News Category: faculty-news

Texas iSchool Assistant Professor Amelia Acker Receives Research Travel Award

April 29, 2019

In February, Assistant Professor Amelia Acker was awarded a research travel award as part of an initiative coordinated by the Software Preservation Network (SPN) to foster practice-based community around software preservation.

King Davis to Receive Benjamin Rush Award for Central State Hospital Archives Project

Feb. 28, 2019

Texas iSchool Colleague and Research Professor King Davis was recently selected for the Benjamin Rush Award from the American Psychiatric Association for, “The Central State Hospital Archives Project.” Known as the “Father” of American psychiatry, Rush is celebrated for his multiple contri

iSchool Bids Farewell To Lynn Westbrook

Sept. 28, 2018

Associate Professor Lynn Westbrook celebrated her retirement from the iSchool on August 28, 2018. Numerous iSchool faculty and staff members came together for an elegant High Tea celebration to honor Westbrook’s 13 years at the iSchool.

 Westbrook started as assistant professor in 2005, after which she became an associate professor in 2009. She taught courses in research methods, information retrieval, information literacy, information resources and services, structuring information interactions, general management, collection development, academic libraries, and pedagogy.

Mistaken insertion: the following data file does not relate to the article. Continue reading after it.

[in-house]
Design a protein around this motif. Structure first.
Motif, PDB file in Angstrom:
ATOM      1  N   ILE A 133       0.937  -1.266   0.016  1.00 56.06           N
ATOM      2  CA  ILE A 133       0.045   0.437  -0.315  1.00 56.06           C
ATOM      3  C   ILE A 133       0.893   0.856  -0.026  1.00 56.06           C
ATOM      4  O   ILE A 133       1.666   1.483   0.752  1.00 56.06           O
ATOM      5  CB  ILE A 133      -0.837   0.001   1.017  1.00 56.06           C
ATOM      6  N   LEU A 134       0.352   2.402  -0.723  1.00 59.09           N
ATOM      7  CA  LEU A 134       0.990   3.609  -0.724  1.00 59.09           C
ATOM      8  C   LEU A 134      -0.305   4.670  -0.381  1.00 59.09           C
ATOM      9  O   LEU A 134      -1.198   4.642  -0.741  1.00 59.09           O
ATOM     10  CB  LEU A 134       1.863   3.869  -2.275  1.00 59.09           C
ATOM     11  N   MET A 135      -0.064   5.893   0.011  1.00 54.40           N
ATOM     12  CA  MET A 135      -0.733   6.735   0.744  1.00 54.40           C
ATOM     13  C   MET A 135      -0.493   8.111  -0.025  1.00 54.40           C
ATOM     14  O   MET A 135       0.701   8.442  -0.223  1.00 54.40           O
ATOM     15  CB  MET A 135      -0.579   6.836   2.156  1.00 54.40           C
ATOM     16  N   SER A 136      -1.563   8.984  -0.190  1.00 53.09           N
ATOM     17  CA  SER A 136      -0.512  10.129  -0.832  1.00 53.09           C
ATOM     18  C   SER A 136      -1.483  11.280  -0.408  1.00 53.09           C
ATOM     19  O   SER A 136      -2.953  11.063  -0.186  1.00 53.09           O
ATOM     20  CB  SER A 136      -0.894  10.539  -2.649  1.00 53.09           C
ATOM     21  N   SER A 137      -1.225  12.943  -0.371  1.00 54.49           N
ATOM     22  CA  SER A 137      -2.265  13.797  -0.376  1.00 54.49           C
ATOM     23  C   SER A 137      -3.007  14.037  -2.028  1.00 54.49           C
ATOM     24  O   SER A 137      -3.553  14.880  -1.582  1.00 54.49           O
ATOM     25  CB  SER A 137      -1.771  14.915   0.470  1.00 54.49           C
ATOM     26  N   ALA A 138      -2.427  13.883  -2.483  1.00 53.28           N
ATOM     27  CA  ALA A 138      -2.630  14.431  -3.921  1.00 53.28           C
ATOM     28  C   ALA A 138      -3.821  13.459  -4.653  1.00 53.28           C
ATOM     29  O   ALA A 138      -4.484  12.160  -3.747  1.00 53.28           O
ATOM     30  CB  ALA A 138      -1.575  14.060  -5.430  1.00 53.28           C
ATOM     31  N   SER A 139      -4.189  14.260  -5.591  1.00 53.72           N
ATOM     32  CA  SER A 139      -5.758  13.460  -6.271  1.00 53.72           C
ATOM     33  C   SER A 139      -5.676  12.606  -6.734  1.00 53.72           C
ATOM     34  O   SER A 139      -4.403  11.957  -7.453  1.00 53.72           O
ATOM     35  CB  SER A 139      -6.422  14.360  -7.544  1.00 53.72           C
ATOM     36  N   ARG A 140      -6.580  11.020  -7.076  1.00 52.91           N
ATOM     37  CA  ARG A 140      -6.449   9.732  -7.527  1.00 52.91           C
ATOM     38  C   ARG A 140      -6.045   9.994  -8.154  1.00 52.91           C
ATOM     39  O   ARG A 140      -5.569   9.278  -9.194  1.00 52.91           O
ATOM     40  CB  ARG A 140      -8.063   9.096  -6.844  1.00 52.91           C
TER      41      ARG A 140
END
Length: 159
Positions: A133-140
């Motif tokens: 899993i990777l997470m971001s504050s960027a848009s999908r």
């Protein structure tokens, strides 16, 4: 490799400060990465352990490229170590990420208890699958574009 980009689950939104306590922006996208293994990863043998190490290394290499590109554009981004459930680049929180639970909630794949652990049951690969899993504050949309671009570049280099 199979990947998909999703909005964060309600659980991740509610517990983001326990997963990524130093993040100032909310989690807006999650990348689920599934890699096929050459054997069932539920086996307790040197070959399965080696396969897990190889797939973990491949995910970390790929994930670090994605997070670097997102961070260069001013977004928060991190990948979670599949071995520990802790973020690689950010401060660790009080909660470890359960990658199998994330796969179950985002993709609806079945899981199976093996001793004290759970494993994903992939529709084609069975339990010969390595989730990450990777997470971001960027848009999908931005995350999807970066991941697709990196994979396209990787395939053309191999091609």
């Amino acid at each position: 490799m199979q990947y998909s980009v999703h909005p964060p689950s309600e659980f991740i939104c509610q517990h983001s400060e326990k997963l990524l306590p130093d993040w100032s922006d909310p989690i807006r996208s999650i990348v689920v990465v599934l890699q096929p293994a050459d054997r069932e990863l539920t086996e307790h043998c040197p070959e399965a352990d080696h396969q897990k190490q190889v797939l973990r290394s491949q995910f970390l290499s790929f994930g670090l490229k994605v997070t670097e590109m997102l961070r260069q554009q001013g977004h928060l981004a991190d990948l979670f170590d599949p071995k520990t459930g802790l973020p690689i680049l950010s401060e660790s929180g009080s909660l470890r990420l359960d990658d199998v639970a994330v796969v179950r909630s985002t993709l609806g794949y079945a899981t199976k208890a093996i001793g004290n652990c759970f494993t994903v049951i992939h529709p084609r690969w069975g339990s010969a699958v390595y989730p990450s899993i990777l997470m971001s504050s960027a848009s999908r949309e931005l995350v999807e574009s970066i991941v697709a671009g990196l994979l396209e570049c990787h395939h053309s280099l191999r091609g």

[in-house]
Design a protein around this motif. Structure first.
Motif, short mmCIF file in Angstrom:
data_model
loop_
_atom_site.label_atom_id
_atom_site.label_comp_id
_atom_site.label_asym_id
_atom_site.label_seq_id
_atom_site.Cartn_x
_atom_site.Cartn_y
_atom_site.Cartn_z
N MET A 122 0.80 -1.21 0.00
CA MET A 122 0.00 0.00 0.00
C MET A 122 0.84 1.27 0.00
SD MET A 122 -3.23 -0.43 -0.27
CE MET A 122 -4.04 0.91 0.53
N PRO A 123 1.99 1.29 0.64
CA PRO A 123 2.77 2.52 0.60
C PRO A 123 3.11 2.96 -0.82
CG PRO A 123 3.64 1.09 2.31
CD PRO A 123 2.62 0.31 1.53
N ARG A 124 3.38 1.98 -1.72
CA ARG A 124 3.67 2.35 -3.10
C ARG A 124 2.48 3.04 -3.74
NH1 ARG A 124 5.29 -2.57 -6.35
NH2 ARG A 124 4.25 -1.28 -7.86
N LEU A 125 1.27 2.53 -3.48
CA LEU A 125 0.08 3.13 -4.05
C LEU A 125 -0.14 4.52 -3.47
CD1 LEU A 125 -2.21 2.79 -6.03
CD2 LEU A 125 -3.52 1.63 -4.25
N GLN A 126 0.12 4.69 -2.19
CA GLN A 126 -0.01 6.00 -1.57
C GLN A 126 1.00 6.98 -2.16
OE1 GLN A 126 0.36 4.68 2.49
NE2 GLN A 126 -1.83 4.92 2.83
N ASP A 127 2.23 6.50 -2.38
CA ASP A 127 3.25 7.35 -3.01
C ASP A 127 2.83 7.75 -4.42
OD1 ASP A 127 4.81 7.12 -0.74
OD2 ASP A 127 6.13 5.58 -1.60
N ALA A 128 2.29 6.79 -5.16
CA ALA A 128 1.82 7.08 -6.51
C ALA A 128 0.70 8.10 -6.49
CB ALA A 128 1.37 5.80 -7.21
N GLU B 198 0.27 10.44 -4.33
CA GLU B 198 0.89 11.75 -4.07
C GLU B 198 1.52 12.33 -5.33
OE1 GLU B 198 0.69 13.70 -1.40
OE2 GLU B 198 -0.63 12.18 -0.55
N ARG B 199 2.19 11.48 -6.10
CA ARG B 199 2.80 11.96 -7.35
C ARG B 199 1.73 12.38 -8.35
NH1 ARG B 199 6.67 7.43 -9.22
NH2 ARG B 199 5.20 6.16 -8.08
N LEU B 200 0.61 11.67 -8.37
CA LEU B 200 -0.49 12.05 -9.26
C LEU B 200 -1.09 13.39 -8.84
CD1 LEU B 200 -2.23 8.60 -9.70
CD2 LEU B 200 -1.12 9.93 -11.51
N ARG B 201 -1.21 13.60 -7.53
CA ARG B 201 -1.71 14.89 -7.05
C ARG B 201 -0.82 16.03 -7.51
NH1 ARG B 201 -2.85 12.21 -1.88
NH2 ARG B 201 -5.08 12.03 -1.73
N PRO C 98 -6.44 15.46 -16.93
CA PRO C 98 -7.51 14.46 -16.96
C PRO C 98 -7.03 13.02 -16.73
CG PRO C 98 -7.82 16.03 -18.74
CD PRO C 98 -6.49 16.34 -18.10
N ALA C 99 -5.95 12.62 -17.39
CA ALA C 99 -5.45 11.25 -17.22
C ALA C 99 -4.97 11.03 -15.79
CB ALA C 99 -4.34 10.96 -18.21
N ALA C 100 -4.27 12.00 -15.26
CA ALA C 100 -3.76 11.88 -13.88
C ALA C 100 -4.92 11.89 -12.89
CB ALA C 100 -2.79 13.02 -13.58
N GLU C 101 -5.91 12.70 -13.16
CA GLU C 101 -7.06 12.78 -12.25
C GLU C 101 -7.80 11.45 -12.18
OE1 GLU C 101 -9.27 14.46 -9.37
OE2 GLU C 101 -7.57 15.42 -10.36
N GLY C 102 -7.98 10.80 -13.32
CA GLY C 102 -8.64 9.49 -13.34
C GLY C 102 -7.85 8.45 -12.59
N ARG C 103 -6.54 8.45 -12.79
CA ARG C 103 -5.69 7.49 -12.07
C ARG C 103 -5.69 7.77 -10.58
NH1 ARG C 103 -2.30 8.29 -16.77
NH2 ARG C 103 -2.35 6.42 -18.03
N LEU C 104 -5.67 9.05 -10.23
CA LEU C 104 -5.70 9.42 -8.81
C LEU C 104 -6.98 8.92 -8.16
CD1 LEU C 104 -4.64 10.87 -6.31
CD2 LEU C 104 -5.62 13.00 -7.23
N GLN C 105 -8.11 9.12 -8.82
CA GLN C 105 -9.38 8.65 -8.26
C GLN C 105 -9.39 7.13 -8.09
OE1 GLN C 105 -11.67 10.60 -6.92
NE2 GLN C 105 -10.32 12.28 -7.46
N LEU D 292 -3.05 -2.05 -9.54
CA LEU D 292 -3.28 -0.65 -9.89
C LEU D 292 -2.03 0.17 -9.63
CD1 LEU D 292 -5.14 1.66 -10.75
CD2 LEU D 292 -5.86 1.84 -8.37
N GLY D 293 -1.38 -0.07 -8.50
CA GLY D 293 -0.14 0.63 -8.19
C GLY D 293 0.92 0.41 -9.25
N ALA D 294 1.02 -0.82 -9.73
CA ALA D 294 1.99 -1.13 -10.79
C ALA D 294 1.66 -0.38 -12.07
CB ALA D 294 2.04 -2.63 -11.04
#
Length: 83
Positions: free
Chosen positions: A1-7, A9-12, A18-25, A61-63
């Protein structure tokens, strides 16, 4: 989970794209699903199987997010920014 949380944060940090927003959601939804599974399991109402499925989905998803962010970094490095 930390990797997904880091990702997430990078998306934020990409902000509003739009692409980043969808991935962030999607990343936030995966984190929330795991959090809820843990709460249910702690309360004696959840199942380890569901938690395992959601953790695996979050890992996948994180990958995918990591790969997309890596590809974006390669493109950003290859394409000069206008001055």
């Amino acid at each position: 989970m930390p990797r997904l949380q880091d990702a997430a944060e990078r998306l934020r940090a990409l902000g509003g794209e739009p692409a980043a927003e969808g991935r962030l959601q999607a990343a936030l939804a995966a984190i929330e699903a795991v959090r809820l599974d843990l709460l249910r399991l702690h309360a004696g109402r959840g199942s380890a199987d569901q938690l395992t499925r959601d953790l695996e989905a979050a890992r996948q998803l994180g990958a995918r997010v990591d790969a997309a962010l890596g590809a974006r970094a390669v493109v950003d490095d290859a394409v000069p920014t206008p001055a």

Students Develop Cutting- Edge Prototypes

Sept. 28, 2018

In the Texas iSchool’s Interaction Design class, students learn to “put it all together,” says Dr. Fleming Seay, a longtime adjunct faculty member and senior principal UX engineer at Dell. The project-based course in design thinking allows students to tackle a real-world problem of their choice by gathering and interpreting data, and transforming the implications of that data into a prototype design that is then tested and refined.

The Future of Search Engines

Aug. 31, 2018

Search engines have changed the world. They put vast amounts of information at our fingertips. But search engines have their flaws, says iSchool Associate Professor Matthew Lease. Search results are often not as “smart” as we’d like them to be, lacking a true understanding of language and human logic. They can also replicate and deepen the biases embedded in our searches, rather than bringing us new information or insight.